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I am applying for a master’s program and required to obtain two letters of recommendation. Originally, I asked two teachers from the private college where I got my BA, even though I did not know them very well while I was in school. I was one of those students who studied on my own and got good grades but never reached out to professors after class as I didn’t feel like I had to. I received a Letter of Recommendation from one of those professors, and unfortunately it seems very generic, as if it was from a template, and doesn’t mention how I am particularly prepared for my master’s thesis. On the other hand, I have gotten to know one of my community college professors much better. I voluntarily took his research methods class after I graduated to prepare me for the research I would be doing in the master’s program. I have also seen him during office hours and with his help I am planning on presenting at a conference in the spring. He has also taught at a more prestigious school (UCLA). He has agreed that he would be able to write me a letter of recommendation.

Would this be preferred over a more generic letter from my private college?

  • As a community college professor, I have to say that the implicit assumptions underlying this question have a heavy reek of elitism. Given the situation you describe, of course you should get a letter from the community college professor. – user1482 Mar 11 at 15:30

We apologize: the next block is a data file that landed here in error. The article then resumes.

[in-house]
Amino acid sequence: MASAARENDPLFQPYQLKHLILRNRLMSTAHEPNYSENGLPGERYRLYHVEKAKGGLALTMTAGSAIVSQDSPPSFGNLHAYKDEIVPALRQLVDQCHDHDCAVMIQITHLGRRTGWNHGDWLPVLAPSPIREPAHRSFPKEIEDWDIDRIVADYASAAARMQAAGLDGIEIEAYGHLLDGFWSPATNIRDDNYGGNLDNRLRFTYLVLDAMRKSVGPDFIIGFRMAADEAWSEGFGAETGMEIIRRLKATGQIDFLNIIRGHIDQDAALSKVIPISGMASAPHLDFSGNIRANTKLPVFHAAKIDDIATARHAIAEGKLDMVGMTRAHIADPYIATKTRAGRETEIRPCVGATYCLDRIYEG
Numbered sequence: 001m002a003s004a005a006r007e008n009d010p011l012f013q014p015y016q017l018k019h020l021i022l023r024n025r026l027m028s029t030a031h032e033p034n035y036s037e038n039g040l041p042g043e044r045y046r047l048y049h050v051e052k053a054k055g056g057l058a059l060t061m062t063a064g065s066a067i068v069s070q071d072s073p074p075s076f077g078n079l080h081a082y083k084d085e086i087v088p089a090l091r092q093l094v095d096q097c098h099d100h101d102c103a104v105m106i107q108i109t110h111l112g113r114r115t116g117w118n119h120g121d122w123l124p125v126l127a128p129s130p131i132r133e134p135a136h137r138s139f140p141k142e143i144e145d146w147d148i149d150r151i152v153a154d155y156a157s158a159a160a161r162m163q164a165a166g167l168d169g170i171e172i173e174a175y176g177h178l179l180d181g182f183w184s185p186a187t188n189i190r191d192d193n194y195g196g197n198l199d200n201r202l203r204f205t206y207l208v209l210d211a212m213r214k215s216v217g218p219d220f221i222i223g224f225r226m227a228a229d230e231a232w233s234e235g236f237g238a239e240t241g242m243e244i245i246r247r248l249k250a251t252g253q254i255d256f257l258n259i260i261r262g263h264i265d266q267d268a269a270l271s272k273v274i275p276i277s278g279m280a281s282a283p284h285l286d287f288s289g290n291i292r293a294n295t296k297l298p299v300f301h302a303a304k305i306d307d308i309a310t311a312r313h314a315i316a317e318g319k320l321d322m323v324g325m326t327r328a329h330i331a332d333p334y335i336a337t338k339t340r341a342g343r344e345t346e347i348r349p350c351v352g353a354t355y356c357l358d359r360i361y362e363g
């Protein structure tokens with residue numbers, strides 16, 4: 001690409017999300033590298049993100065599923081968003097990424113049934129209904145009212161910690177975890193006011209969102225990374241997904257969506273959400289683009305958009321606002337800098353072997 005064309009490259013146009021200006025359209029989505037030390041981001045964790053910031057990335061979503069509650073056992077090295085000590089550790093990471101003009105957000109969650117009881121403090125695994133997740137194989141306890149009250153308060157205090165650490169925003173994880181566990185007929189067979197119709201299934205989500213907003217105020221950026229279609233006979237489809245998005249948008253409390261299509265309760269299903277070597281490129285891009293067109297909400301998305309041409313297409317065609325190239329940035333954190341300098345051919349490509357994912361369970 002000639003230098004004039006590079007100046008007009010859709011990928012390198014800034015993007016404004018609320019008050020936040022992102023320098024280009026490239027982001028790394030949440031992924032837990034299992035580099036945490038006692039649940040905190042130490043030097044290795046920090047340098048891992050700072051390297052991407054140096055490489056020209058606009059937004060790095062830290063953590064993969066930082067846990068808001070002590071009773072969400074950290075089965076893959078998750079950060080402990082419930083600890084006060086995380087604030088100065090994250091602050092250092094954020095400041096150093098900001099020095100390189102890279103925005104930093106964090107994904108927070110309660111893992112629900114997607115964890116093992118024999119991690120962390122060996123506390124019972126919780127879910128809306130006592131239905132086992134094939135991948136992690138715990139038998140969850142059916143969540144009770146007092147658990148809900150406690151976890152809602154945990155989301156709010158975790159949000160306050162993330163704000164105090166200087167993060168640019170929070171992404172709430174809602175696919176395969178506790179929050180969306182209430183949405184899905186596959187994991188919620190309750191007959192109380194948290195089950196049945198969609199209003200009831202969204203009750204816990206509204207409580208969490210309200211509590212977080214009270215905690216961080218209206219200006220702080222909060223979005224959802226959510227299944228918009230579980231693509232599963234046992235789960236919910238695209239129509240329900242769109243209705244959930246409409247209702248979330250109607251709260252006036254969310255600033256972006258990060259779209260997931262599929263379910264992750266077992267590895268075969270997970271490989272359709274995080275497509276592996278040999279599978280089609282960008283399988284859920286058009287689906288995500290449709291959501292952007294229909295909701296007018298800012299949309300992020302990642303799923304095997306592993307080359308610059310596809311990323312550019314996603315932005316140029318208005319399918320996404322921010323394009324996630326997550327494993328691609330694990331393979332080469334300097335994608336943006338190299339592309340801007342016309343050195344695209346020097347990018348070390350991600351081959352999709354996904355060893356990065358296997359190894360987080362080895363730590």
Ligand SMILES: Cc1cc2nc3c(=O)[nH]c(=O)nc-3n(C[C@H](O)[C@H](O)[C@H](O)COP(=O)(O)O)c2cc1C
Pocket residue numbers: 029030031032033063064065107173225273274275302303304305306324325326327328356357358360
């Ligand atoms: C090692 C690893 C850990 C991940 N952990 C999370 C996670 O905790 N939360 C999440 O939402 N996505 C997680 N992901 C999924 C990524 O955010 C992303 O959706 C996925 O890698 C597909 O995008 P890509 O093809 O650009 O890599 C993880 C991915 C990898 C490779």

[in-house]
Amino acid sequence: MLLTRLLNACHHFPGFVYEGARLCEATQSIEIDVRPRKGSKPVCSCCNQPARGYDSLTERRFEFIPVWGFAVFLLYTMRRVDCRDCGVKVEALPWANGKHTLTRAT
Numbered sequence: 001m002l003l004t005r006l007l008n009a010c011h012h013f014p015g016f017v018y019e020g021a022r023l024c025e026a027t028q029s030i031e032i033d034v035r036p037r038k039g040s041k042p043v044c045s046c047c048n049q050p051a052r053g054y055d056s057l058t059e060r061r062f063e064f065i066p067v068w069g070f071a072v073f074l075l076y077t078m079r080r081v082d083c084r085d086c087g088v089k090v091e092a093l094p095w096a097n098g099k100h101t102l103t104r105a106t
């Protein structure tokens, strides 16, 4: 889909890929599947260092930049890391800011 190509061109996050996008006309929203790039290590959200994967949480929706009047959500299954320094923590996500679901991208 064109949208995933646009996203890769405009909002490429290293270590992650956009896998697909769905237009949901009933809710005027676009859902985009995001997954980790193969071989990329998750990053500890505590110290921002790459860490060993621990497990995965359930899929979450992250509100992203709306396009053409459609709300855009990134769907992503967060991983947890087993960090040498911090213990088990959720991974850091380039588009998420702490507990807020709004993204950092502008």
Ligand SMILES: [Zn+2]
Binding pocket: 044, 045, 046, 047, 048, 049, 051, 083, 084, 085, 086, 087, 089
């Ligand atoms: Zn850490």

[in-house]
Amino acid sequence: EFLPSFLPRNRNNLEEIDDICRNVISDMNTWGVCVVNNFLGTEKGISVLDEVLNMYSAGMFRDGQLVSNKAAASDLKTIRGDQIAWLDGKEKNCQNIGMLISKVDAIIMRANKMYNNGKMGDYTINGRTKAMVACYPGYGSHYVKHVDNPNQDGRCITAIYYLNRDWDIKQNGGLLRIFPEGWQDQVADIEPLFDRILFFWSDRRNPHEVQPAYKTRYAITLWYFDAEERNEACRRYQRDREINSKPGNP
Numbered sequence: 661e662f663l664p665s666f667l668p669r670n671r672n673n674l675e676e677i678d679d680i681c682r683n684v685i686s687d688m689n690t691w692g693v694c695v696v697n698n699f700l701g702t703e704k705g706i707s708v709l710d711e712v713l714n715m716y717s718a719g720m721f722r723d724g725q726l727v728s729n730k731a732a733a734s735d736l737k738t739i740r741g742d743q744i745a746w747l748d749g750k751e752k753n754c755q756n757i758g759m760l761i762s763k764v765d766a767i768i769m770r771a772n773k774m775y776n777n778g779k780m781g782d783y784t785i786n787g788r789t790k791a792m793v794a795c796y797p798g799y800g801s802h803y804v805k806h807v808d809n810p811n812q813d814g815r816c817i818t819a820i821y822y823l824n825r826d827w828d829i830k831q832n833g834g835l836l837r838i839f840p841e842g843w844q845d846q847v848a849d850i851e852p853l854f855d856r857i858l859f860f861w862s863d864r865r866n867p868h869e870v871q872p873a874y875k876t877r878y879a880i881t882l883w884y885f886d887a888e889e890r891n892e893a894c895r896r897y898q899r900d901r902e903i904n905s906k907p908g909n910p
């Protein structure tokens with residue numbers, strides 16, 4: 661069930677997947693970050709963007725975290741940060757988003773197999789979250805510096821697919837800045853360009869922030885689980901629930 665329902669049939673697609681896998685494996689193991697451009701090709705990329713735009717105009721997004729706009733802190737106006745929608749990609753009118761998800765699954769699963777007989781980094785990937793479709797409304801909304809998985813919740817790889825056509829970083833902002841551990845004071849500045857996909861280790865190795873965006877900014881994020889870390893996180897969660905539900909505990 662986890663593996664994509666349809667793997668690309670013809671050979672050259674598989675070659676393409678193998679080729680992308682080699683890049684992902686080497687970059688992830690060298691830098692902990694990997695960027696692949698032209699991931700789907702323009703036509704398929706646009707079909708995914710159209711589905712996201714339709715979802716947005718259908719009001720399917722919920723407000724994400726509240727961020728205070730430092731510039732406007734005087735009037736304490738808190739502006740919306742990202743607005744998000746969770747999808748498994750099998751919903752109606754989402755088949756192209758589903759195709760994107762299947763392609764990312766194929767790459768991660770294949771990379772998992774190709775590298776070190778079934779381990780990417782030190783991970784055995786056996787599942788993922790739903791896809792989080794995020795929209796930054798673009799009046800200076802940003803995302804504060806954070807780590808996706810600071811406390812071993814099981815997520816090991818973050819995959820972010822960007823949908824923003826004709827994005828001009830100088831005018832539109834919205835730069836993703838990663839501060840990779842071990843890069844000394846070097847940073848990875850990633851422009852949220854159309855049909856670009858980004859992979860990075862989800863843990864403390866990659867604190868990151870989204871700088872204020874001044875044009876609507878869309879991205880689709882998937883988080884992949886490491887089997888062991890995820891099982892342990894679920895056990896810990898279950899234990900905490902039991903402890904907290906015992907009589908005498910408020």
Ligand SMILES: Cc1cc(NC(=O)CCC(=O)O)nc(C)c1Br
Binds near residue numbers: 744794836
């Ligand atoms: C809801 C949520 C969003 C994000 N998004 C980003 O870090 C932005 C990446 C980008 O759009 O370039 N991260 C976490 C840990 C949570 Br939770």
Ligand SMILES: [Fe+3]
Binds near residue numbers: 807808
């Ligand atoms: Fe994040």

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This is hard to weigh without knowing more information about you, but it can be addressed in a general way.

One of the biggest pieces of advice I give to undergrads is to develop a relationship with professors they hope to earn letters of recommendation from, including going out of their way to take extra classes/do extra work with them. Now that that ship has sailed for you, I would lean toward the community college professor.

You don't mention the other letter you got from your BA institution, but I presume it's a solid one. That allows you a little more leeway on your second letter. You can already show strong results at the BA level, so getting a very good letter from a community college professor (or, e.g., an employer from the private sector in your field) that knows you well will look better than the generic letter. People who read these letters know what a generic letter looks like, and are certainly able to "read between the lines" and assume this letter doesn't say much good about you.

I would be concerned if none of your letters came from your BA institution, so if my assumption isn't correct about the other letter, then I would say you probably have to use the generic one.

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